I’m going to attempt to broach a ridiculous question that has bothered me and probably only me for a few years now. I often spend hours on the toilet pondering if Dracula will ever return wearing a cape again.. Probably a good time to point out that these “hours” are cumulative.
More recently there seems to be a shift from Dracula movies to Vlad flicks, it’s nothing new, things often switch from one to the other as trends change, the earliest Vlad movie that I can remember was the Russian 70’s effort, Vlad Tepes (1979), I’m sure there are more but I really enjoyed this film so it gets checked.
After the Dracula character was birthed by Bram Stoker, there were always whispers of his origins being that of Vlad the Impaler, and with this new wave of “origins” films it seems only natural that vampires go back to their roots, but only as far as Vald I’ll save the rest of vampire history for another post. So the rise of Vlad movies are upon us, but this will never help when trying to redeem the cape..
So if the origins of Dracula, ie Vlad, and the earliest depictions of vampires in movies, such as Nosferatu (1922) and Vampyr (1932) don’t have any capes, why is it so important? To be honest it’s not, and I don’t want to take anything away from brilliant concepts in the slightest, but there is a majesty the developed from the Universal breakthrough Dracula (1931) starring Bela Lugosi until… Prince of Darkness (1976) ish era.. And then after that any other caped appearance have generally been comedy/parody.
If we take into consideration the Holy Trinity of universal monsters we would have Dracula Frankenstein and The Wolfman as the three primary candidates here. The biggest difference that separates Dracula from the other two is his appropriation with current society. Frankenstein’s monster no matter what area is going to be an accumulation of bodies and will generally always be considered a monster among men. The Wolfman will always be a man from any era who transforms into a generic Wolfman hybrid and his love and change to fit as it’s needed but Dracula is the one character who will need to fit in, in order to be accepted by audiences. Unless it’s an historic piece, he’ll generally become Vlad, but it’s not likely that he will become a caped gentleman living in a castle once again.
It has been so long since the caped man has scared audiences and since the 1980s this particular image has been watered down to a mere parody of the terror of the original character.
Vlad The Impaler
I’d hate to accept that the final day of a caped vamp are going to be a piss take.
It’s not even something you can mimic while trying to create an historic account of the Dracula/Vlad mythos,as the original character that Dracula was based on was not famed for his black and red Cape, that invention did come in later on after Bram Stoker’s involvement, that the character transformed from the “real” Impaler stories, then the Hollywood movement transformed the cruel king into the character we see, that is so iconic today; but an order for him to return to this character without it being a parody would be incredibly difficult not only because of stigma that’s not attached to it but also modern perceptions of men and capes. When was the last time you saw a dude in a cape? Never right?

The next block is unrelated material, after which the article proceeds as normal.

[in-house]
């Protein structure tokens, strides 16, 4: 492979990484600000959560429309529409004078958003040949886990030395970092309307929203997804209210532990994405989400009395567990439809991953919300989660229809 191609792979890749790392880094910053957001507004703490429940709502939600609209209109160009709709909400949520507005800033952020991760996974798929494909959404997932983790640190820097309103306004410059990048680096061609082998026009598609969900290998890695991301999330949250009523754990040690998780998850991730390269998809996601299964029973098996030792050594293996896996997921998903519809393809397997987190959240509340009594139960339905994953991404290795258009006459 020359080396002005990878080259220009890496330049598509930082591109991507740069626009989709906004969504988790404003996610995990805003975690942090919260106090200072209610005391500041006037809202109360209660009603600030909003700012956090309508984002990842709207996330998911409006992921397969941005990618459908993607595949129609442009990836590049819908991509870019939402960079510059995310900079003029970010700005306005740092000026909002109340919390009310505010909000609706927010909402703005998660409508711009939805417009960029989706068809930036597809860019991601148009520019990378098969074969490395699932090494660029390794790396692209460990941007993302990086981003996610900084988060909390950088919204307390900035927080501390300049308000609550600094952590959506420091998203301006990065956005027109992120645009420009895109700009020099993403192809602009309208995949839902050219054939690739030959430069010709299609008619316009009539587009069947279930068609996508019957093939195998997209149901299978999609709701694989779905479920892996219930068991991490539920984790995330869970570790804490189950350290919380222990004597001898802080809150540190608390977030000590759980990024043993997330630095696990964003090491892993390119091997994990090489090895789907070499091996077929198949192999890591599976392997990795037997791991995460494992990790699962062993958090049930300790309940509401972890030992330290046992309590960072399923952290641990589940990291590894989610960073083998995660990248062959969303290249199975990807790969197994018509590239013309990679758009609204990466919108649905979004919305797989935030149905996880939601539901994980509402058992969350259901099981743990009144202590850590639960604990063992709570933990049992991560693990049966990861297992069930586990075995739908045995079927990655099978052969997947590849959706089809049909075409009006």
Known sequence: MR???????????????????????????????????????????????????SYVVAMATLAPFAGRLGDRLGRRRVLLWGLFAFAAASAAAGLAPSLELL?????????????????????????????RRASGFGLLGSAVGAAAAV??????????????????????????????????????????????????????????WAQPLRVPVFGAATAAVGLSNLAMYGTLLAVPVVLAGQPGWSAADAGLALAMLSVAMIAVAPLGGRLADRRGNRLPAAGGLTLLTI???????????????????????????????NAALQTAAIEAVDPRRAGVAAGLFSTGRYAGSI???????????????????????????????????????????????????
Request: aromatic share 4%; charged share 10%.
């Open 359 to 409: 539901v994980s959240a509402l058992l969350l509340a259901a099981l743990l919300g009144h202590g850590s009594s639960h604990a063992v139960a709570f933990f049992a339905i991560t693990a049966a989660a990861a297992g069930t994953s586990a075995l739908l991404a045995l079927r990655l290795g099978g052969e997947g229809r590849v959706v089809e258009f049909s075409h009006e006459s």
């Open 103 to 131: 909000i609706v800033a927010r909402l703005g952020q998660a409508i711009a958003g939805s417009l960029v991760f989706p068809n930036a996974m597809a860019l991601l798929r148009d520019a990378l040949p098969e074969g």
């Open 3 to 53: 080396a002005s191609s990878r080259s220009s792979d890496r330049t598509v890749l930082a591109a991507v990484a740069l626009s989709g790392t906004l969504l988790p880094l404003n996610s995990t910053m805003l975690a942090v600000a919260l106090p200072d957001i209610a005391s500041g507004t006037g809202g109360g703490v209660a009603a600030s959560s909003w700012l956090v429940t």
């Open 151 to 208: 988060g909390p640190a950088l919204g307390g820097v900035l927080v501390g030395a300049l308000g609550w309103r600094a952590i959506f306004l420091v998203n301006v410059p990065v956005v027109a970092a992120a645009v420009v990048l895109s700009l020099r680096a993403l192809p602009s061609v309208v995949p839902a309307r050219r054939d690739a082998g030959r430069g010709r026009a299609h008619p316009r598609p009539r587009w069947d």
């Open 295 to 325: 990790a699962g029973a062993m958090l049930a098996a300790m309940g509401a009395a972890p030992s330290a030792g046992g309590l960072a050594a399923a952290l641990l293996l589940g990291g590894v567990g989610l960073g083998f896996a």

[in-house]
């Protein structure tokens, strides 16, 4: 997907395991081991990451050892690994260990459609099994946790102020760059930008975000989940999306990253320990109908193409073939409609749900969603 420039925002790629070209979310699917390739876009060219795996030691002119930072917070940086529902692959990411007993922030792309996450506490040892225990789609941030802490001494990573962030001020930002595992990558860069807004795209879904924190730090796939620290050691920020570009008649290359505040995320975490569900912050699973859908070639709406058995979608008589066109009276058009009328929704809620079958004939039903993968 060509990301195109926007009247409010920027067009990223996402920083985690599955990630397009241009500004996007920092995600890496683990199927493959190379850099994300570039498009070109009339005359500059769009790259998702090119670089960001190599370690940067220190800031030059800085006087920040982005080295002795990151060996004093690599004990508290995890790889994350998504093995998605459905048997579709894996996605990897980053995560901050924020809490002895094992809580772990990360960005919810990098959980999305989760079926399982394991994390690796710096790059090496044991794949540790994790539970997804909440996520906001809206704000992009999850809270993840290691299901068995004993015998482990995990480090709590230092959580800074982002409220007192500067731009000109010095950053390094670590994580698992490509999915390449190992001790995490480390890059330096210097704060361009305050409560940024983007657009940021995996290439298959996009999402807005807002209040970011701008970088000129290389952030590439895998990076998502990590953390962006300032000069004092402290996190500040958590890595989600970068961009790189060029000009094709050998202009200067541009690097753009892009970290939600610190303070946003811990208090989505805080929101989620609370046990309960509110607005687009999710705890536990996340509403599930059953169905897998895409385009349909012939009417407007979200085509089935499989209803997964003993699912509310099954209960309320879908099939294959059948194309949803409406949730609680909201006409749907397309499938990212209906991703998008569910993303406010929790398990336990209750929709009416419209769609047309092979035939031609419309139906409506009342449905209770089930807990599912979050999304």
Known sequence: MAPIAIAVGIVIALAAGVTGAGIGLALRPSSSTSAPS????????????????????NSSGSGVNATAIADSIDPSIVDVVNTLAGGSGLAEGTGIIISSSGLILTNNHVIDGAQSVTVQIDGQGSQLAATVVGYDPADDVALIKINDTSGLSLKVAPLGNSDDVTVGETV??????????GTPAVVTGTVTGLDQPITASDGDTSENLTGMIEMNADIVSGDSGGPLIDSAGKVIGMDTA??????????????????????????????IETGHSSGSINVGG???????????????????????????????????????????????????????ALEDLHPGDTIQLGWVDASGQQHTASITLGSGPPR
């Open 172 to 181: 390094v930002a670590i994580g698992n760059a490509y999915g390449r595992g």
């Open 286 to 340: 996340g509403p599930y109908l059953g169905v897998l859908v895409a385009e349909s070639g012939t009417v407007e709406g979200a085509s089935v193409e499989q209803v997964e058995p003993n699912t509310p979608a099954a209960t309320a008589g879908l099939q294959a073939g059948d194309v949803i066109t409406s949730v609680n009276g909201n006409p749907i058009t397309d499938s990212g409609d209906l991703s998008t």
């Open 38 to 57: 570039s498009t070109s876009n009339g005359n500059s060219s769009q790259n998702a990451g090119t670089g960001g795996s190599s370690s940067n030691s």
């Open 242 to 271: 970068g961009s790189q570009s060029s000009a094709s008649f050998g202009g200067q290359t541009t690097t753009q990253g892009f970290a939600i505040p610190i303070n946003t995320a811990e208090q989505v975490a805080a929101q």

Modern Age – No Glitter Please
So why would he wear a cape in a modern film again.. If the perception is that the cape is comedic, and it’s not something that’s making a come back AND we have Vlad stories to explore now, it’s no big D. You’re more likely to see a vampire cape in a costume shop or on the kiddies dress up aisle at halloween in ASDA, so no wonder why that particular addition has been omitted from modern films, it seems to be the key item to determine if a film is “for real” or not. Dr Jekyll and Mr Hyde wouldn’t ever be without their vials of concoctions and Batman would never be without his mask, Frankenstein and the Wolfman are pretty universal but Vampires seem to be victims of their age. In the 80’s they became rockers, the 90’s saw them range through musicians to uber sexy killers. The main reason for all of this is that a majority of horror fans desire to be one of the immortal blood suckers so they have to remain desirable to the audience who just want a new character to swoon over. And no one (apart from us oldies) is going to go weak at the knees for a tall dark stranger in a ASDA kiddy cape.
Bare with me here for a second, what would rather see more of in the future, a flappy cape or glitter? Twilight (2008), as much as you probably hate the crap out of it, we did see a brief return of caped vamps in a serious (?) movie. This probably didn’t add to the dim view that everyone has about the film but I saw it as a positive step to allow capes back into the cinema. But I think Twilight might have been the final nail in the coffin
So what’s the alternative? A dapper suit with red lining?? Give us something!
It’s definitely a personal struggle, and I feel that unless I make a film myself no one else is ever going to do it. This might not be such a bad thing actually as I’d love to take vampires back But it’s very unlikely that we’ll ever seen the red and black cape again in a serious film at least. But; as they say, we have the classics to fall back on, so let the good times roll.